If you have a torn rotator cuff and osteoarthritis of the shoulder — a condition known as shoulder arthropathy — you may be a candidate for a reverse total shoulder replacement. Dr. Otis Drew uses his vast orthopedic expertise to perform this advanced surgical technique on men and women in the Lafayette, Louisiana, area. If you have complex shoulder pain, weakness, and reduced range of motion, call the office or book an appointment online for a consultation.
The ball and socket joint of your shoulder form when the head of your upper arm bone and the shoulder socket meet. The rotator cuff is comprised of four tendons that surround this joint to provide stability and mobility. When any of these tendons tear, it can lead to excessive wear and tear to your shoulder joint and result in arthritis.
Conventional shoulder replacements aren’t effective in reducing the pain associated with this condition, known as rotator cuff arthropathy.
You may feel shoulder pain regularly even at night, as well as weakness in the affected shoulder. You may have had a prior rotator cuff repair, or even multiple repairs, but continue to feel pain. Inability to raise your arm overhead is a telltale sign of rotator cuff injury.
During conventional shoulder replacement surgery, Dr. Drew replaces the ball of the arm bone with a metal ball and the shoulder socket with a plastic socket. This addresses pain from arthritis, but if you have a torn rotator cuff, you’re still subject to joint instability and possible loosening of the implant.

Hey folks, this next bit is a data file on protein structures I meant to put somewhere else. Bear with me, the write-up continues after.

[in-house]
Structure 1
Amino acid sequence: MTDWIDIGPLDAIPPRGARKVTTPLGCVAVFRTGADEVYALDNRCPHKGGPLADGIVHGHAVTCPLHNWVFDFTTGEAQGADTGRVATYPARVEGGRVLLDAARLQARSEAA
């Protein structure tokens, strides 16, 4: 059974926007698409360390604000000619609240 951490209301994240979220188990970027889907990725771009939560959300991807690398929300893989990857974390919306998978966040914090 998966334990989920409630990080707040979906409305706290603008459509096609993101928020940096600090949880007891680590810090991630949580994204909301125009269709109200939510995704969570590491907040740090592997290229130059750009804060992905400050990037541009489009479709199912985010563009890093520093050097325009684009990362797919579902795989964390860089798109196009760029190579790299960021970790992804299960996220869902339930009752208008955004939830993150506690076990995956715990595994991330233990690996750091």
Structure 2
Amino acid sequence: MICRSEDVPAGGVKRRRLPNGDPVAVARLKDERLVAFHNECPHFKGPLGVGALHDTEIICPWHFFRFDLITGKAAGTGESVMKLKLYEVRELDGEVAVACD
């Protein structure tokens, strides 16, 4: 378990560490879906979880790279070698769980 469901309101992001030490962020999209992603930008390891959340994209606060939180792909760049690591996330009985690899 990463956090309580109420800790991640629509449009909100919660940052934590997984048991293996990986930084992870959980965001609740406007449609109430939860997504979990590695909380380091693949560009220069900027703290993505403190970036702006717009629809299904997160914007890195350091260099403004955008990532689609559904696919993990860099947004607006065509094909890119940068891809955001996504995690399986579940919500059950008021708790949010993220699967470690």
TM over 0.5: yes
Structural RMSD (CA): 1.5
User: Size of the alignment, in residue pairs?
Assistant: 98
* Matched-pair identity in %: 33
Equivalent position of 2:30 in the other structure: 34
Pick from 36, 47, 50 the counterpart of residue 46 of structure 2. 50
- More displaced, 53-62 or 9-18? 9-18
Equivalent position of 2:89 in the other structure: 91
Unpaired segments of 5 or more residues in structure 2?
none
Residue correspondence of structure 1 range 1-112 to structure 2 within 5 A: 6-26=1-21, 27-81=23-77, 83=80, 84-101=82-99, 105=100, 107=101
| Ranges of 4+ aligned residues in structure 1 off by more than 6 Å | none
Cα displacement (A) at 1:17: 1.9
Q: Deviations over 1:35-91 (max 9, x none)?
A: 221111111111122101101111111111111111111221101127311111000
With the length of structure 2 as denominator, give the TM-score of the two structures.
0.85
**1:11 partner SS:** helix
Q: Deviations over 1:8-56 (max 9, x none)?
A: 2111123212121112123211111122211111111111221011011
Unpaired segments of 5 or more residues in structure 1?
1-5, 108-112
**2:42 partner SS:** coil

With a reverse shoulder replacement, Dr. Drew “reverses” the placement of the components. Dr. Drew places the ball into the shoulder blade and fixes the plastic socket on top of the arm bone. You’re better able to use the deltoid muscle, which compensates for your compromised rotator cuff.
Dr. Drew carefully examines your shoulder, medical history, and recovery potential when considering whether you’re a candidate for the surgery. He may recommend the procedure in the following circumstances:
You’re under general anesthesia for the procedure. Dr. Drew makes an incision on the affected shoulder to expose the joint and separates the humerus, or arm bone, from the glenoid socket, or shoulder blade. He removes any arthritic, damaged tissue and inserts the artificial components. Once they’re fixed into place, he stitches together the joint capsule and the incision.
Expect to stay in the hospital for between one to two days.
If you have severe shoulder pain, call Dr. Drew’s office or book an appointment online to discuss possible treatments, including a reverse shoulder replacement.